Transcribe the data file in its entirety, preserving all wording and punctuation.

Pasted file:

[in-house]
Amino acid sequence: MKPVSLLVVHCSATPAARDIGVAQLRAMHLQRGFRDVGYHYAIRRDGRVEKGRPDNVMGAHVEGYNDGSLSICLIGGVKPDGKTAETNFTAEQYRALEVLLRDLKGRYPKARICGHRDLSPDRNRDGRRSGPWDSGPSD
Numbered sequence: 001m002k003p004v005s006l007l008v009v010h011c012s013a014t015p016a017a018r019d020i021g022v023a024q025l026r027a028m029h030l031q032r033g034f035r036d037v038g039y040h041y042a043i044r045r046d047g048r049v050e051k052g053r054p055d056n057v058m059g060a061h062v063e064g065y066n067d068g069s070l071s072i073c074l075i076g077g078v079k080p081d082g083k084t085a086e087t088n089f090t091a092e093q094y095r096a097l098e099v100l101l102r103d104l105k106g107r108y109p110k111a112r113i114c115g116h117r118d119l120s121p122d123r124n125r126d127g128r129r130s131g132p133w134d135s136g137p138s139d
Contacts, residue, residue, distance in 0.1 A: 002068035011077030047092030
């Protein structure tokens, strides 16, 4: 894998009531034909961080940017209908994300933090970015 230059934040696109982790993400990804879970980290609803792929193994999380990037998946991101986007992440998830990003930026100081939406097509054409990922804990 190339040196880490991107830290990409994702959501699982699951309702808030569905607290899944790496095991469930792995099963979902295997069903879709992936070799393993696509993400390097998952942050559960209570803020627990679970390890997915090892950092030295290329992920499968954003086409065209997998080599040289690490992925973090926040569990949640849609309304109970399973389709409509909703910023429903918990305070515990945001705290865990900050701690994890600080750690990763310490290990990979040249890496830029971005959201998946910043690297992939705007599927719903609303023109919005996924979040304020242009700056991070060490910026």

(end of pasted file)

[in-house]
Amino acid sequence: MKPVSLLVVHCSATPAARDIGVAQLRAMHLQRGFRDVGYHYAIRRDGRVEKGRPDNVMGAHVEGYNDGSLSICLIGGVKPDGKTAETNFTAEQYRALEVLLRDLKGRYPKARICGHRDLSPDRNRDGRRSGPWDSGPSD
Numbered sequence: 001m002k003p004v005s006l007l008v009v010h011c012s013a014t015p016a017a018r019d020i021g022v023a024q025l026r027a028m029h030l031q032r033g034f035r036d037v038g039y040h041y042a043i044r045r046d047g048r049v050e051k052g053r054p055d056n057v058m059g060a061h062v063e064g065y066n067d068g069s070l071s072i073c074l075i076g077g078v079k080p081d082g083k084t085a086e087t088n089f090t091a092e093q094y095r096a097l098e099v100l101l102r103d104l105k106g107r108y109p110k111a112r113i114c115g116h117r118d119l120s121p122d123r124n125r126d127g128r129r130s131g132p133w134d135s136g137p138s139d
Contacts, residue, residue, distance in 0.1 A: 002068035011077030047092030
């Protein structure tokens, strides 16, 4: 894998009531034909961080940017209908994300933090970015 230059934040696109982790993400990804879970980290609803792929193994999380990037998946991101986007992440998830990003930026100081939406097509054409990922804990 190339040196880490991107830290990409994702959501699982699951309702808030569905607290899944790496095991469930792995099963979902295997069903879709992936070799393993696509993400390097998952942050559960209570803020627990679970390890997915090892950092030295290329992920499968954003086409065209997998080599040289690490992925973090926040569990949640849609309304109970399973389709409509909703910023429903918990305070515990945001705290865990900050701690994890600080750690990763310490290990990979040249890496830029971005959201998946910043690297992939705007599927719903609303023109919005996924979040304020242009700056991070060490910026």